I'm not sure when I first realized my family was poor. Not impoverished, but certainly below par in a suburban Washington, D.C., neighborhood strewn with country clubs and swimming pools. My father was physically disabled and worked his way from Texas-farm-boy poverty to a full scholarship and a university professorship. Mom was the first "college girl" in her family.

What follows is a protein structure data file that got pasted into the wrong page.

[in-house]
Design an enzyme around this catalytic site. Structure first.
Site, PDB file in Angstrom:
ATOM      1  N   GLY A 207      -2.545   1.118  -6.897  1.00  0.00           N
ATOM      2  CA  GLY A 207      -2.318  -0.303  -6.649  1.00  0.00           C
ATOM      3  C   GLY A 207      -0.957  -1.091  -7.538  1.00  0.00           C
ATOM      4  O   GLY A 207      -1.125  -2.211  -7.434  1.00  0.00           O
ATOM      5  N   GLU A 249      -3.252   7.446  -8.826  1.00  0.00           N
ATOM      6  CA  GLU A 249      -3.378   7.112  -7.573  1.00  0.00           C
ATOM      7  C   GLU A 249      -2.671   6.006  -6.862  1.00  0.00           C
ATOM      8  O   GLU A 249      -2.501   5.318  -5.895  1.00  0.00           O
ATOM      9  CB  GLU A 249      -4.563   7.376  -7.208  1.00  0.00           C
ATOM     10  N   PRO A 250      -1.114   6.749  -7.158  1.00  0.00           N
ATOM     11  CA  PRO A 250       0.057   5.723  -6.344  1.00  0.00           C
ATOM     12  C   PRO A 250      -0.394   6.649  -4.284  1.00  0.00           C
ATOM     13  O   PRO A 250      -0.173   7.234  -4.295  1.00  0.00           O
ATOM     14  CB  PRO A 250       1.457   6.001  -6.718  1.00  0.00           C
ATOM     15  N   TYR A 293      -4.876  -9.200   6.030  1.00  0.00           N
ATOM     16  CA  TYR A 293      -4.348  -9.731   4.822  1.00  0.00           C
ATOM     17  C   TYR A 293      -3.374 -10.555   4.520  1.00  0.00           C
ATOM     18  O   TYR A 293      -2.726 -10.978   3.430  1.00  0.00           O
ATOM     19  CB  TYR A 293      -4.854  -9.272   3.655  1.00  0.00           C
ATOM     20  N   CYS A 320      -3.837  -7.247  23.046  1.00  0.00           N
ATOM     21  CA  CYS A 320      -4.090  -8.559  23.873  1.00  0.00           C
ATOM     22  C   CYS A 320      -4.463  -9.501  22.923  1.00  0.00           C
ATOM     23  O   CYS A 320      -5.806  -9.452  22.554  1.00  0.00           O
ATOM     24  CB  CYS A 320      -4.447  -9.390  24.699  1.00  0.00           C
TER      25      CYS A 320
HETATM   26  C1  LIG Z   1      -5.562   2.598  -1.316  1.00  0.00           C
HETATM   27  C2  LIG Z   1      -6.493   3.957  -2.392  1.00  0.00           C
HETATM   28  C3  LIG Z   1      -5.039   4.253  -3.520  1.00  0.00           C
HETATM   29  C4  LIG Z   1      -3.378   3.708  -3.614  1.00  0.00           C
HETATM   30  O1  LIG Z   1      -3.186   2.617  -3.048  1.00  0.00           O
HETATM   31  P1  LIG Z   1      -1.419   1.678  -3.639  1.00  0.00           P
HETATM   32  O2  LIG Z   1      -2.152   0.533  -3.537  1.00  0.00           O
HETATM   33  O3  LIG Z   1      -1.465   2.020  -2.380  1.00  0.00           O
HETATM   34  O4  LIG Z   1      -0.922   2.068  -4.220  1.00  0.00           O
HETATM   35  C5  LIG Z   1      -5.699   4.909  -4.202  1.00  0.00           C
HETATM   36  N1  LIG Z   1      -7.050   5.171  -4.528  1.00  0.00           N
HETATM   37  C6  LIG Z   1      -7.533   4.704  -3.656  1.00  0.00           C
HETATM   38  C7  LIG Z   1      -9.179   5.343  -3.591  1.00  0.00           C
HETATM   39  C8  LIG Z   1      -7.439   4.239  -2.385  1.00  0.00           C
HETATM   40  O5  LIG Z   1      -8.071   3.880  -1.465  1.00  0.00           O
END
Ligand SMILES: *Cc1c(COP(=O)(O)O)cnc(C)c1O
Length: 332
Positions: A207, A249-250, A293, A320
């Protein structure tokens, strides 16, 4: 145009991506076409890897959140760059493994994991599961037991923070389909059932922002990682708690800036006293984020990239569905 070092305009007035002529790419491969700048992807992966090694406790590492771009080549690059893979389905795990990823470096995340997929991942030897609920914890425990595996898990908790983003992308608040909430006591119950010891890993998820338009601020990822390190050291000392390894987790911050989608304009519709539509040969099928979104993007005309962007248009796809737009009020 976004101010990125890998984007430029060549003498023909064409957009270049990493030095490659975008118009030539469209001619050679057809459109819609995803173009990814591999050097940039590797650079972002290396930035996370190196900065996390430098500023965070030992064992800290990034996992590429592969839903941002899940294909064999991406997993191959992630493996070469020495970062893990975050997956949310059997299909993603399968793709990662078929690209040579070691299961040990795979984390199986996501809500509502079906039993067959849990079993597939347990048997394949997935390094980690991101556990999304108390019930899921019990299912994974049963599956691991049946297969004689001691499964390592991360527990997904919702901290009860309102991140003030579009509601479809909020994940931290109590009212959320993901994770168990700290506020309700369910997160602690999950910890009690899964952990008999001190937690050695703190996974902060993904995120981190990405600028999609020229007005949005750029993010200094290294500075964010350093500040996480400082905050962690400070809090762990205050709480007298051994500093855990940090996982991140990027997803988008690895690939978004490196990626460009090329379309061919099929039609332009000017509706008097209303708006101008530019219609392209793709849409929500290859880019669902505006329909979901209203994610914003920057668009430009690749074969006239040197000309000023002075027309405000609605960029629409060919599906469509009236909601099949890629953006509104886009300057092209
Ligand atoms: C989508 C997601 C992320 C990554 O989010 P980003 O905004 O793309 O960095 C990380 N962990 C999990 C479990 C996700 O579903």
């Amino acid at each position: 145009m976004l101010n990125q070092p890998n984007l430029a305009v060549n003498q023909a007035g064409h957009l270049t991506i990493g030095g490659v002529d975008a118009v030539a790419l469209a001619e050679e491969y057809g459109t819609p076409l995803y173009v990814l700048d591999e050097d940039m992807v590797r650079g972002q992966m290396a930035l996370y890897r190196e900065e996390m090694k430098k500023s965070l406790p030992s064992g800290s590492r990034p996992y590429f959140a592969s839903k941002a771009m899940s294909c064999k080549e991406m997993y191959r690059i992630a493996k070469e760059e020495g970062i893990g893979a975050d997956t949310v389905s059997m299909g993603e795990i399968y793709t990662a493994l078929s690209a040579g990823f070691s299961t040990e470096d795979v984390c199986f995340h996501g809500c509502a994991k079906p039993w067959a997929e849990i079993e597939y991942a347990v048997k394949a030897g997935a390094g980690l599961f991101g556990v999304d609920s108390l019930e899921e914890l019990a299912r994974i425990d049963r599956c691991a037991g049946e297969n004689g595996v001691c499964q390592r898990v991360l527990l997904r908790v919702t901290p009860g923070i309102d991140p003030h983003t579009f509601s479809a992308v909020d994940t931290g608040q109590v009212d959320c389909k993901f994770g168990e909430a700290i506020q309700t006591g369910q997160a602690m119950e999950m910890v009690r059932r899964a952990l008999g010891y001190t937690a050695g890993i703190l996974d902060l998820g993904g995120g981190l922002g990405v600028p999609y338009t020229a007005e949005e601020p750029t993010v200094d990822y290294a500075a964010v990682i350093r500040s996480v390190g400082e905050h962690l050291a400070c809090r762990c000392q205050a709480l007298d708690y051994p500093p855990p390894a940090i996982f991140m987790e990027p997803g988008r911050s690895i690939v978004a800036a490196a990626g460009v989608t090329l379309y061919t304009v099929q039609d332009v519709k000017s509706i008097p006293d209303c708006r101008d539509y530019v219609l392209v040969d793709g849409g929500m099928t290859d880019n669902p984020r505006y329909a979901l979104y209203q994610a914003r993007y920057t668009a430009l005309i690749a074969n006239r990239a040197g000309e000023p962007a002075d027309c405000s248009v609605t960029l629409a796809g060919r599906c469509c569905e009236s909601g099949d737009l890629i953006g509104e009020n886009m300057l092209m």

For them, college was a dream fulfilled, and they wanted the same for us kids. In 1974, after putting my siblings through college, Dad was out of money and Cinderella was out of luck. I took a government job, clipped mac-and-cheese coupons and spent Saturday nights at home. I couldn't save enough for tuition and books. I felt defeated. Then suddenly, my father passed away. His survivor benefits launched my college career and I ultimately graduated with honors. My dad is gone, but his love of education lives on because of Social Security. I'm now working on a master's degree at Johns Hopkins University.